Discover the History of Hampton Court Palace
Since being small I have loved the scandal and intrigue of the Tudors. Living in the UK, I’m lucky that the locations of Tudor history are never far from my doorstep. However, Hampton Court Palace is one of the best Tudor attractions in the UK as so much of their history happened here.
Cardinal Wolsey designed and commissioned Hampton Court and presented the Palace to King Henry VIII in 1525. From this date onwards, Hampton Court Palace became the backdrop for much of Tudor history. The palace was home to all six of Henry’s wives plus his children. In other words, this is a must for any Tudor fans.
Arriving at Hampton Court Palace
The Kings beasts will welcome you to the history of Hampton Court Palace. These ten heraldic statues originally guarded a moat surrounding the palace. The statues symbolise the Tudor dynasty and the ancestry of the Seymour family (Jane Seymour was Henry’s third wife). Some of these beasts were designed by Elizabeth II, although most of the statues are Tudor in designs.
Enter the Palace – Base Court
Through the West Gate you will enter the Base Court.
Inside the Base Court you will find a replica of a fountain from the events at the Fields of the Cloth of Gold in 1520. Sources suggest that the fountain poured a continuous stream of wine. Little diplomatic progress was made at this event although its grandeur was unrivaled.
At good starting place from the Base Court is the Young Henry VIII section which can be accessed from here. This section details Tudor history before Henry’s arrival at Hampton Court Palace in 1525.
From the Base Court, look upwards at the ornate chimney stacks. During Tudor times, elaborate chimney designs were highly fashionable amongst the upper classes. The chimneys here are amongst some of the finest surviving examples of this.
Most of the royal court lived in the buildings surrounding this square. Visitors to the royal family would pass through this court to the Anne Boleyn gatehouse. From here the entrance to the Royal Apartments awaits.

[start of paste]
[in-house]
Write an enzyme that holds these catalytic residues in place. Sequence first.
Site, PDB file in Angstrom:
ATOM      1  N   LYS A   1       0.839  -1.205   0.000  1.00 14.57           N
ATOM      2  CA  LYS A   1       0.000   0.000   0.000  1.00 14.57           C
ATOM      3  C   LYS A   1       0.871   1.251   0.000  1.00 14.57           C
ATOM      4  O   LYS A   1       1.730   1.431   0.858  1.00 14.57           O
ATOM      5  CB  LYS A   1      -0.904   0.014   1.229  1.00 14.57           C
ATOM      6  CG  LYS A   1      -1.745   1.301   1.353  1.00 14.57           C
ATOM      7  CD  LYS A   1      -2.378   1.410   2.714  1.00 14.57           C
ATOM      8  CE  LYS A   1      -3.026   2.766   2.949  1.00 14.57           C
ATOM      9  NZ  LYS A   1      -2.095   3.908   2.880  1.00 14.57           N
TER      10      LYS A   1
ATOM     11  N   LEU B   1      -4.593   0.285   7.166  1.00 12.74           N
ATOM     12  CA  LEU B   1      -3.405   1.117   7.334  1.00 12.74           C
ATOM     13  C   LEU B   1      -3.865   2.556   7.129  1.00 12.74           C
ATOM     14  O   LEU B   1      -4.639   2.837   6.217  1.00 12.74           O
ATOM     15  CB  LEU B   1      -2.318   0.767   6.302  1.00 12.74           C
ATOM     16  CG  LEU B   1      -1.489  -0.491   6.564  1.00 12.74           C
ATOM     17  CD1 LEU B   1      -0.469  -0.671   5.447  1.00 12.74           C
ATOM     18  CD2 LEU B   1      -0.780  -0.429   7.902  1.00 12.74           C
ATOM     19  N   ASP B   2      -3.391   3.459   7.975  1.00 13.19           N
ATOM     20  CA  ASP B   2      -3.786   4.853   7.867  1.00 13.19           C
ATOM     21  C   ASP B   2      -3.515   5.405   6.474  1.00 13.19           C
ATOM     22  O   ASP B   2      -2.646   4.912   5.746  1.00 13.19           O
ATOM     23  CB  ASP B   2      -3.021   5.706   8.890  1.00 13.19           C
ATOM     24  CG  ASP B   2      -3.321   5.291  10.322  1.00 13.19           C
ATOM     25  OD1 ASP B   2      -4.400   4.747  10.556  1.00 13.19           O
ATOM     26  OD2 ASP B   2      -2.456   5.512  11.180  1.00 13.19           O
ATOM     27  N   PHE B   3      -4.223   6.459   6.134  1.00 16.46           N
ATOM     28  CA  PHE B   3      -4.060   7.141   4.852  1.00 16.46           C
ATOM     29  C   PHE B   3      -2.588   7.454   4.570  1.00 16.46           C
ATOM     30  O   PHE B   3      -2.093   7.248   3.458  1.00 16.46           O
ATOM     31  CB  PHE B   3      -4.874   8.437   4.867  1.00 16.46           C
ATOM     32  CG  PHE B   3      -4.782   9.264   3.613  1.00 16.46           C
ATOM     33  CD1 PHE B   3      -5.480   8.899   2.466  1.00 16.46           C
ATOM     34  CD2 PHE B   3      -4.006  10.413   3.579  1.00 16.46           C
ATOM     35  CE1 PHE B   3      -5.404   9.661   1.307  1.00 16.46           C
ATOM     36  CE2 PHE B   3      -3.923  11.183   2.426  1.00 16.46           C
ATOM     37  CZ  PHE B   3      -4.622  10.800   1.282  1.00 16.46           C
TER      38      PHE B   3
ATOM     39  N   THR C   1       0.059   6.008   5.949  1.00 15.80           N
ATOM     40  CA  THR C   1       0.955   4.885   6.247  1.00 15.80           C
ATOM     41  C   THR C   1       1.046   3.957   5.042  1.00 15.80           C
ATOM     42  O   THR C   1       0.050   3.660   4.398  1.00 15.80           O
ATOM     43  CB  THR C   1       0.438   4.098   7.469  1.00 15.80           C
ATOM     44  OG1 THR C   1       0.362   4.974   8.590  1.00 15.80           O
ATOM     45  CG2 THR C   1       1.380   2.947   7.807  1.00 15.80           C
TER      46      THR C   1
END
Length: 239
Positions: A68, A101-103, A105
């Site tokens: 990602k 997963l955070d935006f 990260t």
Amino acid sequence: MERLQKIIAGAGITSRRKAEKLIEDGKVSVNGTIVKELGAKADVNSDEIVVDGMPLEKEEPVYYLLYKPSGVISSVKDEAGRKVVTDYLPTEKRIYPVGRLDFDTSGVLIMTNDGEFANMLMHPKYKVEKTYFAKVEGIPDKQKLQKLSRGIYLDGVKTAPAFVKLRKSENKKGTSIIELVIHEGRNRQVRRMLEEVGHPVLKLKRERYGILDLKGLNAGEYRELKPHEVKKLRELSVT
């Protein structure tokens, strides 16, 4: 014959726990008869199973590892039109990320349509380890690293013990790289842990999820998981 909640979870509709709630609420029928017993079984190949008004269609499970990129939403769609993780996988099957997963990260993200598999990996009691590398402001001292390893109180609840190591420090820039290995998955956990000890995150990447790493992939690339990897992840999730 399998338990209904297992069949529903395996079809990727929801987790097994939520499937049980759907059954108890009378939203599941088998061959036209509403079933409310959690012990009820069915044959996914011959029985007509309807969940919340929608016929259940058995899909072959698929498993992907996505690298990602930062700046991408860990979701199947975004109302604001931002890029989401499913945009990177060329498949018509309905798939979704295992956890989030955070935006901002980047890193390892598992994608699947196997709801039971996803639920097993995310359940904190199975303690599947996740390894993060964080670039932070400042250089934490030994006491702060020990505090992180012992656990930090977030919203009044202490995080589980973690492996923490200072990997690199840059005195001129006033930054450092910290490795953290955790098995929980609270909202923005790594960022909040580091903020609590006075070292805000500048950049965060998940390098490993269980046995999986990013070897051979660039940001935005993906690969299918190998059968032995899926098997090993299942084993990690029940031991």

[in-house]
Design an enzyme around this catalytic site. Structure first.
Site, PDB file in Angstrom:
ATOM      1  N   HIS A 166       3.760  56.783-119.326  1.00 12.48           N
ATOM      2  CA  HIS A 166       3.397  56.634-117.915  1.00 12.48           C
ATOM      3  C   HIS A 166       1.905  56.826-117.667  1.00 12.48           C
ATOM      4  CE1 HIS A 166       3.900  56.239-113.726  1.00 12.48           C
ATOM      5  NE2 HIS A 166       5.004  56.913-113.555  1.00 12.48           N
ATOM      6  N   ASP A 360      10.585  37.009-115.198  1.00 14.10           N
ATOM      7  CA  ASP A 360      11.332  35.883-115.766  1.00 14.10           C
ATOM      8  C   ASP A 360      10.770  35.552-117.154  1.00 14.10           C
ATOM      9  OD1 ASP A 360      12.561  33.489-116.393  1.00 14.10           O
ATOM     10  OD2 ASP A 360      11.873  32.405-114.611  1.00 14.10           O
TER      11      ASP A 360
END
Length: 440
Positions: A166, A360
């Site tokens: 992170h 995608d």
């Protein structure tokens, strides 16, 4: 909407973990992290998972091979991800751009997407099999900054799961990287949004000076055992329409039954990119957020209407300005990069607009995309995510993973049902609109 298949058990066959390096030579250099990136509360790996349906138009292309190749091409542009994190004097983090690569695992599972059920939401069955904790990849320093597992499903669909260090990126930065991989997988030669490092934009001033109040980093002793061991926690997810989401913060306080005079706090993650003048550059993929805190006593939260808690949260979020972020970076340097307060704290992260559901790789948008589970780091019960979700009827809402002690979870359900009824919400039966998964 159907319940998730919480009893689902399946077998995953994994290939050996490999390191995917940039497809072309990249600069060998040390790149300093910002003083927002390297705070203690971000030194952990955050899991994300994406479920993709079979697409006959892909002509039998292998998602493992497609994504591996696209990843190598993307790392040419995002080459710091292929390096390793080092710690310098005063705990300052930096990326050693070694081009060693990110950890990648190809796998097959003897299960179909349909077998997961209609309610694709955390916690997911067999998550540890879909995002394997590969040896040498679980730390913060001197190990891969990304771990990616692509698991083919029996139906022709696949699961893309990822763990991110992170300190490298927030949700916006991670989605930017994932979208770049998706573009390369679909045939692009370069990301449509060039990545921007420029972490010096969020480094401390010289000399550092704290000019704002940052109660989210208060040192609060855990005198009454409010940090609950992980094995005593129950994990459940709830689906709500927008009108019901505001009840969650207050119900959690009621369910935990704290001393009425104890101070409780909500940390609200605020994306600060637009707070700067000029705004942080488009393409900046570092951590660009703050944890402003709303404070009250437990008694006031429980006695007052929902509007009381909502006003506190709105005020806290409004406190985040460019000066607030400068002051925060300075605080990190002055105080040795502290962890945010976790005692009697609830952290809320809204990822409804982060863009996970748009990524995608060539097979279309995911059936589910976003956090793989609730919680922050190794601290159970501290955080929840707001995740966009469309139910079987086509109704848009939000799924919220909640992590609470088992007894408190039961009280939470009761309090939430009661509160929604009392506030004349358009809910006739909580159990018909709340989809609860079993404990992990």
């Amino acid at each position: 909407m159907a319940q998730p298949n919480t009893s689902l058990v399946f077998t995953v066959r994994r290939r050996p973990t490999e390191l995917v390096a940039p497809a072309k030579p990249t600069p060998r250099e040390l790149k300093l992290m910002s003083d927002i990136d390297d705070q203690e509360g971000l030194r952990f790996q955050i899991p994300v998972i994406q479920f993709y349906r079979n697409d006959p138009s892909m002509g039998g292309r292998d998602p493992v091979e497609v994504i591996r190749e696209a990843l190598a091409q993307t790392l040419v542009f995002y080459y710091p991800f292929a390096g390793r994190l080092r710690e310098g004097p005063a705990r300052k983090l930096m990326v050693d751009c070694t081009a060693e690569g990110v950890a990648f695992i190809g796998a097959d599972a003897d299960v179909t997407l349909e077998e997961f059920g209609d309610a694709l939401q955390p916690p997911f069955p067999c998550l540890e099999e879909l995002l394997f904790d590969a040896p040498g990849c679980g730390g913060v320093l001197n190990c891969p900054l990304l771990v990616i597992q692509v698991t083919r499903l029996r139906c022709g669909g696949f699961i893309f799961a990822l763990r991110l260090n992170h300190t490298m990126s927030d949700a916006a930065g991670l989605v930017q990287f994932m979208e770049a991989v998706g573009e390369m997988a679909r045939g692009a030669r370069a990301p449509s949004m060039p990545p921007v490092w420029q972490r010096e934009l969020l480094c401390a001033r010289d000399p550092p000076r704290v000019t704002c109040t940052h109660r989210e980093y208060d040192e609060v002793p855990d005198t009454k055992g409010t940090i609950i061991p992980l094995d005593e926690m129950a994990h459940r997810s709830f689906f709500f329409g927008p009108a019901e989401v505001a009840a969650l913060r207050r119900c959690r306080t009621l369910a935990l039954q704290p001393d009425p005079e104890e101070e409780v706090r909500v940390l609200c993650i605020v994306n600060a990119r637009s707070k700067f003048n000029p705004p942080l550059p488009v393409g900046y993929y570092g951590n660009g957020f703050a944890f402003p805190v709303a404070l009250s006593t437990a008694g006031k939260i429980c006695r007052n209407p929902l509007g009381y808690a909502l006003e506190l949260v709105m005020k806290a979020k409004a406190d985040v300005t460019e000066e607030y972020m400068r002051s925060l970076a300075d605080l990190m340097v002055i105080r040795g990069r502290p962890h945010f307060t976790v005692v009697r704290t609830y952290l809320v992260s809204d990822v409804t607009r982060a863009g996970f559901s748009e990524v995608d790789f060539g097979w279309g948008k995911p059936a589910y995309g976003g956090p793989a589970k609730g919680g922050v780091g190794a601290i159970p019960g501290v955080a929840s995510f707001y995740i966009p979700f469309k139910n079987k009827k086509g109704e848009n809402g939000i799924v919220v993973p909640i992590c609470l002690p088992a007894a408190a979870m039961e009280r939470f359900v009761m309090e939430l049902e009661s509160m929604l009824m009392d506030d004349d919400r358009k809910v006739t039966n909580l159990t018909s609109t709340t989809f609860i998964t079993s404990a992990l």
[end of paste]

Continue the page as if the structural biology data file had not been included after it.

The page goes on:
The Astronomical Clock
Before heading up the stairs at the Anne Boleyn Gateway, head into the Clock Court to see the Astronomical Clock. The clock measures the time, date, moon visibility and high tide at London Bridge. The clock still functions despite being almost 500 years old.
During our visit, we caught an off-duty Catherine Howard. She was having a chinwag with a guardsman, or perhaps a re-enactment of Catherine and her relations with the ill-fated Thomas Culpepper.
The Great Hall
This splendid dining hall is a jewel in the crown of Hampton Court and this room was host to great feasts and celebrations. This splendor is still evident 500 years later. Huge biblical tapestries line the walls, as they did in Tudor times, complemented by magnificent stained-glass windows. The room also has a gothic wooden ceiling which keeps you staring upwards for a considerable time.
There’s so much detail in this room, much of it easily missed. I’d recommend taking some time in this room. Although you will spend most of this time looking upwards!
At the head of the Great hall there are two thrones, yet King Henry visited the hall very rarely. The Great Hall was more often a dining room for the palace staff. However on special occasions the hall became the venue for spectacular feasts and entertainment events.
From the Great Hall, walk towards the Great Watching Chamber. This is where the Royal Guards stood and where noble men would wait for the King’s presence. Unfortunately, much of this room has been altered by later residents. However, the ceiling is restoration of the original design.
Processional Route and Haunted Gallery
This was one of my favorite rooms at Hampton Court Palace. Probably because of the infamous events that allegedly happened here.
Traditionally the King’s guards would be heavily present here and the walkway was exclusively for the use of the King’s closest advisors. This helps to maintain a safe distance between the monarch and their subjects. Tudor fans commonly associate this room with the events ending Henry’s marriage to Catherine Howard.
In 1541, Catherine Howard became aware of Henry’s desire to terminate Catherine’s life. Sources claim that Catherine dramatically charged along this corridor, begging forgiveness for her adultery.
The King’s guards stopped Catherine from reaching Henry and it is unknown whether he was aware of these events. From here Catherine travelled to the Tower of London and eventually executed. Some believe that Catherine Howard still haunts this passageway and many have experienced unexplainable phenomena in the room.
Today the gallery is home to portraits of the Tudor royal family including a magnificent, almost life-sized portrait of Henry himself.